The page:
Abstract and Keywords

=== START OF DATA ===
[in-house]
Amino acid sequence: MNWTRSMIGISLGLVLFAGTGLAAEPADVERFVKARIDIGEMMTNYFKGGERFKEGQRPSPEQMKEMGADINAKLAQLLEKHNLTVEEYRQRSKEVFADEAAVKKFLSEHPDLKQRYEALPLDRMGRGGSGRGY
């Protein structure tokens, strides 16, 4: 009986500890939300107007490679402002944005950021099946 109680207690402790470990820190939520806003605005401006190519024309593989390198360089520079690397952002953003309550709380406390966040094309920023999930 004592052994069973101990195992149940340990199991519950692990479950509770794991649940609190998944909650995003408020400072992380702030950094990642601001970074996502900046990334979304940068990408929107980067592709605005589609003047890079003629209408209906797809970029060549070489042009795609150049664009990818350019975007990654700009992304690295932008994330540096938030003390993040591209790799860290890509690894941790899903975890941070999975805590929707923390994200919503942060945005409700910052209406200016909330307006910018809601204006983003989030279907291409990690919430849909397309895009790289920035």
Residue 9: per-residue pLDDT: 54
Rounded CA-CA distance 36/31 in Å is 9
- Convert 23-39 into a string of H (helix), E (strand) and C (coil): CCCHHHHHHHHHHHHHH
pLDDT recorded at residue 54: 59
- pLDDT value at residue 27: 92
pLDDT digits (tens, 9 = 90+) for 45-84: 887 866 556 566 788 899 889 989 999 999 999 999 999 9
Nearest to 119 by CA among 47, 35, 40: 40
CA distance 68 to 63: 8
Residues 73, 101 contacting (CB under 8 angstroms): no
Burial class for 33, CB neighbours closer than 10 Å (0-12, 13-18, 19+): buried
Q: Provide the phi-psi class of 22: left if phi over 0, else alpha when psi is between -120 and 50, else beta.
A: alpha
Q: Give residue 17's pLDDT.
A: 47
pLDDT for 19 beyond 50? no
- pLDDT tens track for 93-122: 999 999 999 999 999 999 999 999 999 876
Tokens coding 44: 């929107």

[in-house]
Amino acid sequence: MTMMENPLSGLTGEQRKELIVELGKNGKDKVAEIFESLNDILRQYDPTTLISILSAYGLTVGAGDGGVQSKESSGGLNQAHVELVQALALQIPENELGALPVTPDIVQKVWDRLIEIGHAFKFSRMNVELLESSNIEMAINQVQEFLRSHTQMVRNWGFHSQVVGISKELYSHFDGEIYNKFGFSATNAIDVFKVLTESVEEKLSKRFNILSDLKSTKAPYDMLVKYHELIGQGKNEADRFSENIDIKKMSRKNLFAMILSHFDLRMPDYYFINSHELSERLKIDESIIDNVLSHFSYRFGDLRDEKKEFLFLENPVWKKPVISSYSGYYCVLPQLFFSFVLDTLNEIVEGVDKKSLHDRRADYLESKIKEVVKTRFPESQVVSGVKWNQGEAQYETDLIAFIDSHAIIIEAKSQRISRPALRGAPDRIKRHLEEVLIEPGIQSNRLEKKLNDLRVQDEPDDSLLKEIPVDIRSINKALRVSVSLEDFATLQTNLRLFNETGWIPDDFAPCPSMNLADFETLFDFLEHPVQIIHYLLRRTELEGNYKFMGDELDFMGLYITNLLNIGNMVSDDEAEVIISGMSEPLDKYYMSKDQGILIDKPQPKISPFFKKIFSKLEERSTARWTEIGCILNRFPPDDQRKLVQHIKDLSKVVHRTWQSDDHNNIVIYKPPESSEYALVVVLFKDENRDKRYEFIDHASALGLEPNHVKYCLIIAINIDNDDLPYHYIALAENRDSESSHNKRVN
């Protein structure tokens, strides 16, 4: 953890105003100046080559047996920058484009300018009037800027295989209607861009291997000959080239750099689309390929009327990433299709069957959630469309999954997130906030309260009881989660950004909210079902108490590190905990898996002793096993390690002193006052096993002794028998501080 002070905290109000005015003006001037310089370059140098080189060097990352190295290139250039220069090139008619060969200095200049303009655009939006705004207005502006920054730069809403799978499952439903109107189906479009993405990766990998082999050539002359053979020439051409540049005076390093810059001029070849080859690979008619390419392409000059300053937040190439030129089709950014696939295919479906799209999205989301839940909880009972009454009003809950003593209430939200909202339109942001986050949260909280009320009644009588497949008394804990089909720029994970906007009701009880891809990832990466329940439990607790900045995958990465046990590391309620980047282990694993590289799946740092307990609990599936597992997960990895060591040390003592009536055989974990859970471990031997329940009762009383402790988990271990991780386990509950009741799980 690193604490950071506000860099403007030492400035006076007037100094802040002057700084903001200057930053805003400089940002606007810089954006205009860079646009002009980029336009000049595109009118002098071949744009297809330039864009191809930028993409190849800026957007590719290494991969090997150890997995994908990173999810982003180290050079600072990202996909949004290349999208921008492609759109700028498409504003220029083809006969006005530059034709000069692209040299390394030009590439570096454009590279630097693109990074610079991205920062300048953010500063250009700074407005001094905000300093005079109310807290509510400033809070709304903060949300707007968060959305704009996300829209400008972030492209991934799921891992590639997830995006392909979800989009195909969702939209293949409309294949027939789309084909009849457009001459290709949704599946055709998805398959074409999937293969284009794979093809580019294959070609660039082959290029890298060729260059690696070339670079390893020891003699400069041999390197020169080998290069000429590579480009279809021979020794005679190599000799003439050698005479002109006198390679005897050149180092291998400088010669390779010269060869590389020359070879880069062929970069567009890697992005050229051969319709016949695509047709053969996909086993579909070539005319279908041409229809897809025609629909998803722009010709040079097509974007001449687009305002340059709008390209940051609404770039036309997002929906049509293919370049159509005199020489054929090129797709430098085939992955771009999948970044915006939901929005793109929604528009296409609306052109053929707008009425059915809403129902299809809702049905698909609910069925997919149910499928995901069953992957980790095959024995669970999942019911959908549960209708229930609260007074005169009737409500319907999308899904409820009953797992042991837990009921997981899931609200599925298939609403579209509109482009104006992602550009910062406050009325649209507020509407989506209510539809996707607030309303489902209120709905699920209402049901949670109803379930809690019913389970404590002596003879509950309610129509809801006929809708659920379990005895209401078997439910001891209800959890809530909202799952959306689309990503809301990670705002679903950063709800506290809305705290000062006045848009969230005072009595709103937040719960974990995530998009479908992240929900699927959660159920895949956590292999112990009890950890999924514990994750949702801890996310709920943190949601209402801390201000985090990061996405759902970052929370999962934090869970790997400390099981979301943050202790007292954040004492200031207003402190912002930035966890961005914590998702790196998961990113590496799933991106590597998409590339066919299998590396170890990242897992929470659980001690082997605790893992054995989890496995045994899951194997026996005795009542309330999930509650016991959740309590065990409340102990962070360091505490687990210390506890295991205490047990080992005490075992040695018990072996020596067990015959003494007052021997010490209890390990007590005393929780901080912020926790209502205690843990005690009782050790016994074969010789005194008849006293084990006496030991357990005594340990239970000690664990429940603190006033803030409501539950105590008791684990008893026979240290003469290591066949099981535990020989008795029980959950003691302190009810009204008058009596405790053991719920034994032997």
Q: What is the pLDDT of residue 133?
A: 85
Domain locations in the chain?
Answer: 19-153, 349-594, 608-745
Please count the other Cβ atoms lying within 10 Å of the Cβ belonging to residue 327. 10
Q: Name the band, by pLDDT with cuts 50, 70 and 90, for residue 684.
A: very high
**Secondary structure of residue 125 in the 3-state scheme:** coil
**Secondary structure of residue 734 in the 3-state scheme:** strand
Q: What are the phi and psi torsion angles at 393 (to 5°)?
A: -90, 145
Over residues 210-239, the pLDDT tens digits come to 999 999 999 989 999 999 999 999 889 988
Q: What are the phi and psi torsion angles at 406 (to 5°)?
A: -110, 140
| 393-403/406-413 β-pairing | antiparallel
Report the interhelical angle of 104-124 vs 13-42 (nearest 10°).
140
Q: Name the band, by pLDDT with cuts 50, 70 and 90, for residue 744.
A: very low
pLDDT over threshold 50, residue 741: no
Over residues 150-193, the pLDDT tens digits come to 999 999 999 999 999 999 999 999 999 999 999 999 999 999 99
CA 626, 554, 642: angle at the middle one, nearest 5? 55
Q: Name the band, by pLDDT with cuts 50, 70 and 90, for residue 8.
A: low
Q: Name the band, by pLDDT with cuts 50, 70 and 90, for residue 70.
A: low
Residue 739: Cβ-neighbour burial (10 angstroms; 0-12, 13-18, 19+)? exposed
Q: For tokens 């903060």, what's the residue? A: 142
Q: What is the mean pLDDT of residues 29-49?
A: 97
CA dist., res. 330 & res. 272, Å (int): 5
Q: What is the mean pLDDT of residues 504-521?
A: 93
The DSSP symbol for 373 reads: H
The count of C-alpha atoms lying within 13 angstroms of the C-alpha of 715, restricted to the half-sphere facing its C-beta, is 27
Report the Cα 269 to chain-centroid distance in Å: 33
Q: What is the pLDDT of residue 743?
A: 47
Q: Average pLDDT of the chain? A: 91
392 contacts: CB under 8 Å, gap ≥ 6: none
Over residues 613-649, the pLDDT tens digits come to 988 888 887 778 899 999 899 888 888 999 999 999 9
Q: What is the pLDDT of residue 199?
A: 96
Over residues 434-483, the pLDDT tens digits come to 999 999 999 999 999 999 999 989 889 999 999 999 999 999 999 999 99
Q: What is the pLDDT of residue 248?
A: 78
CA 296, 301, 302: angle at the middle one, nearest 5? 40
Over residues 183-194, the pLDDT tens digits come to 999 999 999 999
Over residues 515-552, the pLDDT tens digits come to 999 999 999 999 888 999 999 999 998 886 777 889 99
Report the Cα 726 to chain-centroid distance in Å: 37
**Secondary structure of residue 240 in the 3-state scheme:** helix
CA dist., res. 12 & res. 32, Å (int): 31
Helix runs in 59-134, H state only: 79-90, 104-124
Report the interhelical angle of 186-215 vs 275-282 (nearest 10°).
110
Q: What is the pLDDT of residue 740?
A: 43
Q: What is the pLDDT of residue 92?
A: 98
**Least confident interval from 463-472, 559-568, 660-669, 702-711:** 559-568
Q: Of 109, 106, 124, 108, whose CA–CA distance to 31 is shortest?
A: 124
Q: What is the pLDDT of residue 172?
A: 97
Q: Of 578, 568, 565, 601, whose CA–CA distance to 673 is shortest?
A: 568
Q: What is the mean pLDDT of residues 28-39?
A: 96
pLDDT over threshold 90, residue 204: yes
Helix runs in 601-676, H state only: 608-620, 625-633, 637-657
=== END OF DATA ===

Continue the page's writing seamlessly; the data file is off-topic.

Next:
Aging is associated with progressive declines in multiple aspects of immune function and with corresponding increases in vulnerability to immune-related disease. At the same time, older adults consistently report that they are happier and more satisfied with their lives than adults in middle or early adulthood. There is also growing evidence that well-being is not merely the absence of stress and depression, and that it makes unique contributions to health and longevity, particularly in later life. This chapter examines the intersection of these age-related phenomena. With a particular emphasis on two different aspects of well-being—hedonic and eudaimonic—we consider the extent to which greater well-being is associated with healthier profiles of integrated immune responses, functions of specific immune cell types, and molecular aspects of immune regulation. Physiological and behavioral mechanisms that may underlie these associations, as well as the potential to improve well-being in later life, are also considered.
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